DEAN BECKER: The perspective I get, attending this conference, it's somewhat different from what I've attended in prior years. There's less talk about cultivation, and more about driving your success through better means of production, of implementation, of extraction. Michael, I guess, to me, it just boils down to, there's a lot of opportunity right now, isn't there?

MICHAEL TESORO: Absolutely, especially with California going to recreational.

DEAN BECKER: Right. Right. What are your projections, do you have any available?

MICHAEL TESORO: I don't handle the actual dispensary side of it, I handle the marketing to drive business to them. But, you know, we're seeing in other states like Washington and Oregon and some of the other states where it's already legal for recreational, business is just booming, but it's so, so competitive out there.


MICHAEL TESORO: That there has to be able to be a way for a dispensary to have a leg up over another one, especially when they're doing good business.


MICHAEL TESORO: You know, especially when they're going over the top to provide the best service or the best medicine for their customers, you know, so, you know, we give those companies the opportunity by placing them up there, you know, and it doesn't have to be, it doesn't matter what the advertising budget is, with the local marketing, I mean, it's such a small rate, that the smaller companies, the smaller shops, can actually compete with the bigger ones, you know, at the same price.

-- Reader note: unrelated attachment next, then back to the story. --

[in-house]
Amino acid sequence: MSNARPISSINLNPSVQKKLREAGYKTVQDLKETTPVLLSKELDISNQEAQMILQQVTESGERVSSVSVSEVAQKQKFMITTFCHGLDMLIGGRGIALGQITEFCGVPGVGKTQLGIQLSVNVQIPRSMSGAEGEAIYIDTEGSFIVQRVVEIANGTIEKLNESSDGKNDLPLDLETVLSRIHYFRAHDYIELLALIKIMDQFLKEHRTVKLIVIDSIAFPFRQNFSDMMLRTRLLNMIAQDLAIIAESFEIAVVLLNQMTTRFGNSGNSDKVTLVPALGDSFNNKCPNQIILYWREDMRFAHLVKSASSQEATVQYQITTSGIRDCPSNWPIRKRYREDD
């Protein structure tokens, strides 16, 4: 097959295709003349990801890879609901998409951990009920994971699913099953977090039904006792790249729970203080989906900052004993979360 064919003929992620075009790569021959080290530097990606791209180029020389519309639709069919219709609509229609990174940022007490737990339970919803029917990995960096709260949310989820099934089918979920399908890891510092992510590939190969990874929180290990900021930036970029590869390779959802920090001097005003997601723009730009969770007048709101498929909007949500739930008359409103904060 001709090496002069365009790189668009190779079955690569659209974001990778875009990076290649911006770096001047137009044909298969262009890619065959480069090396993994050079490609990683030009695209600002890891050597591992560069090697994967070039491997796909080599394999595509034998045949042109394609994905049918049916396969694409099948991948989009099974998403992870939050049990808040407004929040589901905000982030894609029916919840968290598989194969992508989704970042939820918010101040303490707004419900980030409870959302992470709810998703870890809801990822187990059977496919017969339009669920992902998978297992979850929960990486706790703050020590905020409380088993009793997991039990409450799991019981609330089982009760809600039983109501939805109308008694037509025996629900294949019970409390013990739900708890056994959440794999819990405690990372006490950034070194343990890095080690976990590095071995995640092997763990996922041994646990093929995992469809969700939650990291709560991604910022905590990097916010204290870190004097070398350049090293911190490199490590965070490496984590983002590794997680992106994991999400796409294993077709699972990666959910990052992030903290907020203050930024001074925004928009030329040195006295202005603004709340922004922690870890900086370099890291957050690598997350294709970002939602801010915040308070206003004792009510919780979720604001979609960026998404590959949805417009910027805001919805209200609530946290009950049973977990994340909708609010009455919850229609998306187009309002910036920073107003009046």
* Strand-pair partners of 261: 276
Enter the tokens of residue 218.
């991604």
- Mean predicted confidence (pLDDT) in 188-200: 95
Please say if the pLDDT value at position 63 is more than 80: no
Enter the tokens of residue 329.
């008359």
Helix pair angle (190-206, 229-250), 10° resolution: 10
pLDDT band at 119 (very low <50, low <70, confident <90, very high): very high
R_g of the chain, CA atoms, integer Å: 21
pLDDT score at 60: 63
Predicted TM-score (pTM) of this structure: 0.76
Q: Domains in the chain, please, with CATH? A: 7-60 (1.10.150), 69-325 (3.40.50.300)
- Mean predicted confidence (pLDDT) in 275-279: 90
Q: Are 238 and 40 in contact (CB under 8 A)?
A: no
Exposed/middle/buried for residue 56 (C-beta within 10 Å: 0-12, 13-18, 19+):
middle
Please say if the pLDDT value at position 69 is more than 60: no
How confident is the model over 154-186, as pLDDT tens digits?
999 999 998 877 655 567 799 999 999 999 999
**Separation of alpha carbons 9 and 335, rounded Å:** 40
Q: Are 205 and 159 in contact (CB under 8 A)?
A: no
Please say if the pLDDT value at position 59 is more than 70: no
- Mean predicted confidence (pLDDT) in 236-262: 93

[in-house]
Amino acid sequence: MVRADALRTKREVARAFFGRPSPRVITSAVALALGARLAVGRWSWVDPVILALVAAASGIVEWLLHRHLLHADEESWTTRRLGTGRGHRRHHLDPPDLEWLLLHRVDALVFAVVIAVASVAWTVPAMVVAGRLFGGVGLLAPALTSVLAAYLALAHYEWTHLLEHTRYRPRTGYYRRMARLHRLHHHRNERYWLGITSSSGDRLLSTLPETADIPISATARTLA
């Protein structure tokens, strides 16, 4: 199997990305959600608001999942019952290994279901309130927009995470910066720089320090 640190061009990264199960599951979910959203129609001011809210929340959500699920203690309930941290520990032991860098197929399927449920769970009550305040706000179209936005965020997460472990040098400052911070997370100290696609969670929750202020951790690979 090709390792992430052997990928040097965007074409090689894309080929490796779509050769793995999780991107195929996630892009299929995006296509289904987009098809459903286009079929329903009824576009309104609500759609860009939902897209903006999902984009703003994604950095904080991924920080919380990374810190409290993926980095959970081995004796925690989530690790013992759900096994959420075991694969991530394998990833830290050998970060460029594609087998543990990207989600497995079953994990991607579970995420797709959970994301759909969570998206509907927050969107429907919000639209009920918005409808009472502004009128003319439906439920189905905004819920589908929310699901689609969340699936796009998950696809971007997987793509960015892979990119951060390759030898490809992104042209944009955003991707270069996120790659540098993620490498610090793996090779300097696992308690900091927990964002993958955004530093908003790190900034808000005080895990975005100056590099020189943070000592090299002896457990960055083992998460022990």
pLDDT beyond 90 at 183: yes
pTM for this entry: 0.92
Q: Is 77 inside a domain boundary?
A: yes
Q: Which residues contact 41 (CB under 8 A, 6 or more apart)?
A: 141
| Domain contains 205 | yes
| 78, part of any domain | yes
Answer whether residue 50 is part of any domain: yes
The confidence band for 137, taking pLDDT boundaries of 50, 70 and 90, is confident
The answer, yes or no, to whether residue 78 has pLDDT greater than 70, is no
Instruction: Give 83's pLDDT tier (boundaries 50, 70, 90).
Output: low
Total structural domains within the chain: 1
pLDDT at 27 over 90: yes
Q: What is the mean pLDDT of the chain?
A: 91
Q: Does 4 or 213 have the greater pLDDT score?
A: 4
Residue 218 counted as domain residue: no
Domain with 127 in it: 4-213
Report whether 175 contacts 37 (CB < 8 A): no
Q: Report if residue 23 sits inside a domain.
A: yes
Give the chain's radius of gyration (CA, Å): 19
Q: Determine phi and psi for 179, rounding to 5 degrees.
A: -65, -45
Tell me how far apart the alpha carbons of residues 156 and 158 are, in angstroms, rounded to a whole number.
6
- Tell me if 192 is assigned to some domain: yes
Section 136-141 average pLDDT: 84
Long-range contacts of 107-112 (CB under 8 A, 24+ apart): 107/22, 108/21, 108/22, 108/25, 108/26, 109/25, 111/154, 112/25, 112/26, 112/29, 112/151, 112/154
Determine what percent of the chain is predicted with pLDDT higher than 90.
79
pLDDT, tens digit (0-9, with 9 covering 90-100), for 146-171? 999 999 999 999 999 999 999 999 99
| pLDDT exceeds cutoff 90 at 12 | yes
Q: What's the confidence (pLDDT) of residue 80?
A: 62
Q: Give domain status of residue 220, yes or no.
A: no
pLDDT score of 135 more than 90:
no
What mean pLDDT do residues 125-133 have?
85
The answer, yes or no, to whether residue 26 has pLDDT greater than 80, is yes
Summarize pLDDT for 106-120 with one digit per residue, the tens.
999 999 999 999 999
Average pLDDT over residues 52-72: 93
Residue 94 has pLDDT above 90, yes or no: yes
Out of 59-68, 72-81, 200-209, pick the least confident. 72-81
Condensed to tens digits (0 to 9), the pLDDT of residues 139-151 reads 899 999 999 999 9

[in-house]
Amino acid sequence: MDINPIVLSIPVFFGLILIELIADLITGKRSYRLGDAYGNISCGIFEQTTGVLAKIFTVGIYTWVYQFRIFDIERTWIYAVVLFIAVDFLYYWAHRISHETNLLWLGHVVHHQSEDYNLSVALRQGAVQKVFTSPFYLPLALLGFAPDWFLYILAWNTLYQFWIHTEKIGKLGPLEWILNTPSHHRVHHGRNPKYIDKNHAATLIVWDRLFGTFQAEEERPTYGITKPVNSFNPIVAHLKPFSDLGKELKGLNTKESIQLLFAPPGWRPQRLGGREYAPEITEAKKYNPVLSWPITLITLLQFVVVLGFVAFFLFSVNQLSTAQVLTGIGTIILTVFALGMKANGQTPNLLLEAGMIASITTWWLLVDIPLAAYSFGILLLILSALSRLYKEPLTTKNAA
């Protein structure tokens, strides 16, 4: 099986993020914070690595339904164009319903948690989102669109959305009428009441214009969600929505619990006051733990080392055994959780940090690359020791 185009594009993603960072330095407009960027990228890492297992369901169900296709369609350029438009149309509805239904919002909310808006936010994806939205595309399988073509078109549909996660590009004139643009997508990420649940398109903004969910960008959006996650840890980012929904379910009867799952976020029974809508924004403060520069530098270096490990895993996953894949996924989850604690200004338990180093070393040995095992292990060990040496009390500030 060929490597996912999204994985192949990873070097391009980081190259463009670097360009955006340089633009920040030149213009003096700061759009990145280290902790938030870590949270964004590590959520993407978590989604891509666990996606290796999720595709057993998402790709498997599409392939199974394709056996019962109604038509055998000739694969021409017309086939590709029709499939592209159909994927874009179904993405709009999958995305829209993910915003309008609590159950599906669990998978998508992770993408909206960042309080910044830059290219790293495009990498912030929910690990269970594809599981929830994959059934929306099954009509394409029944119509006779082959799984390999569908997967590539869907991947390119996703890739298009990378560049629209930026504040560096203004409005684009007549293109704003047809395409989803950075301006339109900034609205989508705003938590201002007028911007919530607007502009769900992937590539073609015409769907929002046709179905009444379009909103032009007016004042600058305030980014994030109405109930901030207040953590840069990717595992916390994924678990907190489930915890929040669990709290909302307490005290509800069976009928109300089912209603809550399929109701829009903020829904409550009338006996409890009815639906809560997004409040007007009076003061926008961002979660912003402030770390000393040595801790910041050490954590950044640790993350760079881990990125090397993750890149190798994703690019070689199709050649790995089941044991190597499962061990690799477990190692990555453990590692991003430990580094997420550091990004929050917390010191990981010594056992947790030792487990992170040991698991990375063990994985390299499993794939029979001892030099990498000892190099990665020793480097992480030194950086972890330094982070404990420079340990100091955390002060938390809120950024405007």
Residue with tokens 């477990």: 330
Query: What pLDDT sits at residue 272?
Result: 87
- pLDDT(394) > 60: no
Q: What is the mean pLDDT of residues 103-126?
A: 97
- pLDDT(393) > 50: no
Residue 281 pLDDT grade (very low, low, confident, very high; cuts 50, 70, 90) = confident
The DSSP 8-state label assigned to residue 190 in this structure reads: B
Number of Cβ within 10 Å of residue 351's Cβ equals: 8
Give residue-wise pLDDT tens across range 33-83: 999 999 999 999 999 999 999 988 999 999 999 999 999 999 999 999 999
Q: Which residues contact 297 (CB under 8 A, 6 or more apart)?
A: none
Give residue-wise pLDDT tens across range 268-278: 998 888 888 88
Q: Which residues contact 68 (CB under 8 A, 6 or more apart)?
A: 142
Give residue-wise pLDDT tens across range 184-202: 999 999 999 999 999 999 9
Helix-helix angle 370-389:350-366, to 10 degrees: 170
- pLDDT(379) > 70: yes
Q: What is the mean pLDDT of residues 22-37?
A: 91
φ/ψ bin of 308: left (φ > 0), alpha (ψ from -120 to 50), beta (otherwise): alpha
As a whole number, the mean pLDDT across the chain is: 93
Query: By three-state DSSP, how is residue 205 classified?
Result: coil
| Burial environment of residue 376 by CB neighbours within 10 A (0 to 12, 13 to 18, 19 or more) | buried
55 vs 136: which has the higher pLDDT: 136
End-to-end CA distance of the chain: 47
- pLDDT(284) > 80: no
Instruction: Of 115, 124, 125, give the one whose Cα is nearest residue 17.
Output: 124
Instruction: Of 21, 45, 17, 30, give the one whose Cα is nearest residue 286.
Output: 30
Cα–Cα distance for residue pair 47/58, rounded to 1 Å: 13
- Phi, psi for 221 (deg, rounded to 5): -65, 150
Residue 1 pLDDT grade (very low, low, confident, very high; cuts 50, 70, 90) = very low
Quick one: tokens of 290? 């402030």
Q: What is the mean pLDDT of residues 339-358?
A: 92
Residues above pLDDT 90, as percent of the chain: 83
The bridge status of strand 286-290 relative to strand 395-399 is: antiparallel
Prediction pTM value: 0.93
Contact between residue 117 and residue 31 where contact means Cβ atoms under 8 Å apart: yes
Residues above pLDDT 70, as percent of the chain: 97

DEAN BECKER: Yeah. Okeh. Well, there you have it, friends, some advice on those considering entering the cannabis industry. That was Mister Michael Tesoro, he's director of business development at GetPageHub.com.

VOICEOVER: Hello. My name is Borat. I am back from Kazakhstan, where my brother, where my brother Belo is now president, in order that we make billions by growing flowers. He's great success. Please don't legalize drugs, or I will be execute.

BRIAN HERMAN: Hello, my name is Brian Herman, I'm with Three A Light and Success Nutrients. We wrote a book teaching people how to do well for themselves in the garden. That book's called "Three A Light," which means three pounds per light, a measurement of, you know, success in the garden, if you will.


BRIAN HERMAN: But we also created Success Nutrients, it's kind of the backbone of the book. Just a real, indepth feed chart to feed your plants with a structured regimen.

DEAN BECKER: How to get those fat, juicy buds.

BRIAN HERMAN: How to get -- how to get what you want, yeah, exactly. Quality with some high yields.

DEAN BECKER: We're here at the California cannabis business conference. I'm really impressed by the industrial side of this that's really coming forward, the machines, the extractors, and all of the --

BRIAN HERMAN: Yeah, there's a lot --

DEAN BECKER: bubblers and testers and god only knows, right? And it's --

BRIAN HERMAN: Well, it's never going to end, either, it's going to continue to progress for quite some time.

DEAN BECKER: Right. And, I guess I was wanting you to talk about that. You guys kind of help people kickstart, meet those goals and obligations, how to get going, right?

BRIAN HERMAN: Yep. So, we have a system, or a methodology, that we run and we do very well for ourselves, and we kind of just teach people how to emulate that system in their facilities. You know, it's a lot different taking it from four lights to a hundred lights. But --

DEAN BECKER: Right, now --

BRIAN HERMAN: -- we kind of -- we kind of help, and assist in, you know, the business plan of the growing side of a commercial facility.

DEAN BECKER: Well sure, there's a lot of folks out there that certain industries are dying off, and this one certainly expanding, and seeing the opportunity, but they might not have, well, hell, the full requisite knowledge for this, because it's more complex these days than back when I was, you know, selling lids. Your thought there. There's a lot to it.